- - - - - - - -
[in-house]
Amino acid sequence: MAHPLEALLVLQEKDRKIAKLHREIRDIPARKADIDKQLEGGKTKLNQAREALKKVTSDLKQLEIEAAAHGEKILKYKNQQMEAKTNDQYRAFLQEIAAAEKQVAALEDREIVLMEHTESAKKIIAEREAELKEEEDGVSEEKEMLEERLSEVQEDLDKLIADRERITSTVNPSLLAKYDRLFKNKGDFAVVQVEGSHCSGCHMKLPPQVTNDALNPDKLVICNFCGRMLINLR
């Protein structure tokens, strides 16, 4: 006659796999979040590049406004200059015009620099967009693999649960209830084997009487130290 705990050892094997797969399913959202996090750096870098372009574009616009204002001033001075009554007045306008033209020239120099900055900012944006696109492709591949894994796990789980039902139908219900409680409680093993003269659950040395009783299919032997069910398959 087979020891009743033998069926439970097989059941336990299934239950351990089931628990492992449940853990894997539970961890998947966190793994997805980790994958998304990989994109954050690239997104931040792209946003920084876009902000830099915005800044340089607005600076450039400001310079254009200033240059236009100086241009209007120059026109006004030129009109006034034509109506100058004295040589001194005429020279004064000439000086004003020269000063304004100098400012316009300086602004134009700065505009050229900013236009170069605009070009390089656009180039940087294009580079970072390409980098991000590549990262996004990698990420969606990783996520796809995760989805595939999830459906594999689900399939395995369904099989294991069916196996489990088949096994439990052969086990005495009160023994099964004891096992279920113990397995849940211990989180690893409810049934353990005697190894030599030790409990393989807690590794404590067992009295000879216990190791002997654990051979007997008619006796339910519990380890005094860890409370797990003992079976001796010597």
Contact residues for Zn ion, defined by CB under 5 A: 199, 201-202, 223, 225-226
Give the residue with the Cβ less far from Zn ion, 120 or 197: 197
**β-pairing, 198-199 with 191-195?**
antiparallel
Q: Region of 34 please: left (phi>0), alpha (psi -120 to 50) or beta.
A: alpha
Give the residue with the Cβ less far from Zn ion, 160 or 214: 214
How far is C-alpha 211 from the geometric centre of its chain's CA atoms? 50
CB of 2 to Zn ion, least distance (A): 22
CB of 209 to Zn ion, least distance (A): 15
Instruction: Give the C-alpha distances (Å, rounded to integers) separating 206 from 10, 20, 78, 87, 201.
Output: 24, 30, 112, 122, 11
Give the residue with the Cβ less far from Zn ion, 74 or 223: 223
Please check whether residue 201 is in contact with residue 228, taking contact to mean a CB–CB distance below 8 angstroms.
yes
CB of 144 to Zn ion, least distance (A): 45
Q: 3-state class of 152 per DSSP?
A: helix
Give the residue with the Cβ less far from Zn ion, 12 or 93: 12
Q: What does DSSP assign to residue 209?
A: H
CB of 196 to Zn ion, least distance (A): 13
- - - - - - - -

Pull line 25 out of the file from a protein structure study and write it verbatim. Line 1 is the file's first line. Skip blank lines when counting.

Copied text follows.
CB of 196 to Zn ion, least distance (A): 13